(407) 810-2467
Community-minded environmental hygiene
experts with a health-centric focus!

What You Can Do To Help Lower Your Risk Of Getting Food-borne Illnesses From Dining At Restaurants After The Pandemic

The stay-at-home order has been lifted. Restaurants are open and allowed to have dining room seating. After many weeks of quarantine, most people cannot wait to get back to their “normal” including eating at their favorite restaurants.

Many of you who have gone out to eat at a restaurant may have noticed everyone who works at the restaurant including the waiters and waitresses, is wearing gloves. Before the pandemic, only employees who prepare food or who handle food wore gloves. Now, everyone is wearing them. While wearing gloves may seem like a good idea in preventing the spread of germs, it can also give a false sense of security. This happens when a restaurant worker does not change the gloves after touching a potentially contaminated material or surface.

While most restaurant workers are very diligent in ensuring they keep a healthy and clean environment for their patrons, there are those who fail to understand proper cleanliness and germ control. So, what can you do to protect you and your loved ones from becoming sick from food-borne illnesses? Ask yourself the following when dining out:

  • Is your server showing any outward signs and symptoms of upper respiratory infection, such as sneezing, coughing, watery eyes, or itchy nose?
  • Is your server wearing the recommended mask covering his/her nose and mouth?
  • Is your female server’s long hair pulled back securely so that it is not dangling around and potentially making contact with your food?
  • Does your male server have a beard? If so, do you see any white particulates on his chest that could be evident of dry flaky skin under his beard?
  • Is your server wearing gloves?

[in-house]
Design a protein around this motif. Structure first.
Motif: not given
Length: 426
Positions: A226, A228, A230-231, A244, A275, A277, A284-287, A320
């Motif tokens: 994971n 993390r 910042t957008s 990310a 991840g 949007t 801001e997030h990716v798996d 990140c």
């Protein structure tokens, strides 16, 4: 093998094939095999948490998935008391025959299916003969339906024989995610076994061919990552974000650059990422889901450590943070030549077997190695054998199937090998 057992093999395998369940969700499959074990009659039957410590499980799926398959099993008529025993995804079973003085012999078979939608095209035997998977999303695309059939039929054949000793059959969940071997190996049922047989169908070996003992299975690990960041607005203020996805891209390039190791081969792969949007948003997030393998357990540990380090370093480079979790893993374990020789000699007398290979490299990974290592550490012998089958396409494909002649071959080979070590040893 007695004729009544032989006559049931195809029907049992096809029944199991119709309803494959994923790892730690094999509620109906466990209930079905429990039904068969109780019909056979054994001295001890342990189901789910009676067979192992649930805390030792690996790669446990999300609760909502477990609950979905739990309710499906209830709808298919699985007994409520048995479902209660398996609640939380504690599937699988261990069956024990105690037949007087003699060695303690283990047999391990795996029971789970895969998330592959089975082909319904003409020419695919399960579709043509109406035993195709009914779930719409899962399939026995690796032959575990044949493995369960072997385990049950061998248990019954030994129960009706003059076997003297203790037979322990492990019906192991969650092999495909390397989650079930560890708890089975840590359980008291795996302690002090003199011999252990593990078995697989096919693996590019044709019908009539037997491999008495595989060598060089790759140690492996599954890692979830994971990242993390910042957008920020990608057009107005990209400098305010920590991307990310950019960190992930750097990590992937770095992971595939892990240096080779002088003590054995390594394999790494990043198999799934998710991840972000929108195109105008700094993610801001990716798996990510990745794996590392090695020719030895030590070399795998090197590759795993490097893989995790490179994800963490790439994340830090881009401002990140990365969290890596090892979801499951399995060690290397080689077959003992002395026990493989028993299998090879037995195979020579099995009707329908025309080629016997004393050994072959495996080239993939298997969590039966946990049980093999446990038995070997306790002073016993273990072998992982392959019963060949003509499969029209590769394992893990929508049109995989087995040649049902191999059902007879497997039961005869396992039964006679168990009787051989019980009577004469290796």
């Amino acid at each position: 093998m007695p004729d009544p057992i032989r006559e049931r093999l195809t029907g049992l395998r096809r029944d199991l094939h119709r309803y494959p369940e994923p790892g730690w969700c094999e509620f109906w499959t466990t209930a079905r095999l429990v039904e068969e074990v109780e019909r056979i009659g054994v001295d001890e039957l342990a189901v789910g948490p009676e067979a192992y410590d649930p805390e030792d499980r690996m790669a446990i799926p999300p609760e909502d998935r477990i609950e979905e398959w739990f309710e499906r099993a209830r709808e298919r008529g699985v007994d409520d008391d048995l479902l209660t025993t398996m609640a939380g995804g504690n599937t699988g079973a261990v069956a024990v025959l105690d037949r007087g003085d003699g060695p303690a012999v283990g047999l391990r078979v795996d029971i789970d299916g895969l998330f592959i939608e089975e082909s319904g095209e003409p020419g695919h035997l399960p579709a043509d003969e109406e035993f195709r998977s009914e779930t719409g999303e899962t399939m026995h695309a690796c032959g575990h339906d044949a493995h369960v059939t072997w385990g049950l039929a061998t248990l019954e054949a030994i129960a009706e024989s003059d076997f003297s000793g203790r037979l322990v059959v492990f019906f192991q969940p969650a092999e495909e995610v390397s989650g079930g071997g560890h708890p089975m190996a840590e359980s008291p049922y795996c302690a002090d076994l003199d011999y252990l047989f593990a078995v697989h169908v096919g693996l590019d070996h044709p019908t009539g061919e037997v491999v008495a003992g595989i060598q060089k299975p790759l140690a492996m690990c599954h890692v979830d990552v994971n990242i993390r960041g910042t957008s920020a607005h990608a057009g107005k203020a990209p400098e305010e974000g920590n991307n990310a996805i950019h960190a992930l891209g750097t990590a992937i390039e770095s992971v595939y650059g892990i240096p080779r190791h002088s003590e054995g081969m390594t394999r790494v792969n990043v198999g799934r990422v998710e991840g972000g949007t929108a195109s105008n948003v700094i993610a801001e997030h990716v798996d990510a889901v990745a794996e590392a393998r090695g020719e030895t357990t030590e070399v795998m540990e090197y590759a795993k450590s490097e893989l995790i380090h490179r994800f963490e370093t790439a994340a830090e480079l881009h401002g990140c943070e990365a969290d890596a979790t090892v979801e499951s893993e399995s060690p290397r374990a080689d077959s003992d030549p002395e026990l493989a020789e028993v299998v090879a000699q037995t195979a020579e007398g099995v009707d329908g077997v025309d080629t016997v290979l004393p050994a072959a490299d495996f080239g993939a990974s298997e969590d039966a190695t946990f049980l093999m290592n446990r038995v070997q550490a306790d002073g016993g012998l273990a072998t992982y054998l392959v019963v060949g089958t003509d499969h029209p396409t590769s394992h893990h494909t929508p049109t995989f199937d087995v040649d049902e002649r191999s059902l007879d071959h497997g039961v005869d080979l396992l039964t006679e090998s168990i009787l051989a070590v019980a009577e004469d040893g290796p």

• Is your server’s work attire clean, neat, and free from any visible dirt or stains?
  • Does your server constantly touch his or her face, hair or adjust the mask with his or her gloved hands?
  • Is your server helping other patrons who show outward signs and symptoms of upper respiratory infection?
  • What other tasks is your server doing simultaneously while serving you?
  • Is he or she using a recycled wet rag to wipe down tables and other surfaces?
  • Does your server use his/her personal cell phone in between customers?
  • Does your server have any open wounds on his or her arms or hands?

If you notice your server is not practicing proper germ control, such as failing to change his or her gloves after touching a potentially contaminated surface or item, do not hesitate to let him or her or management on duty know immediately and in a polite way, of course. Depending on the type of training they have had, the server may not fully understand how not to spread germs. Although we cannot fully eliminate all the germs we encounter, we can certainly minimize our exposure to them by being aware and cognizant of our surroundings. Knowing how to minimize our risks will allow us to continue to enjoy dining at our favorite restaurants and most importantly, prevent us from experiencing the discomfort of food poisoning.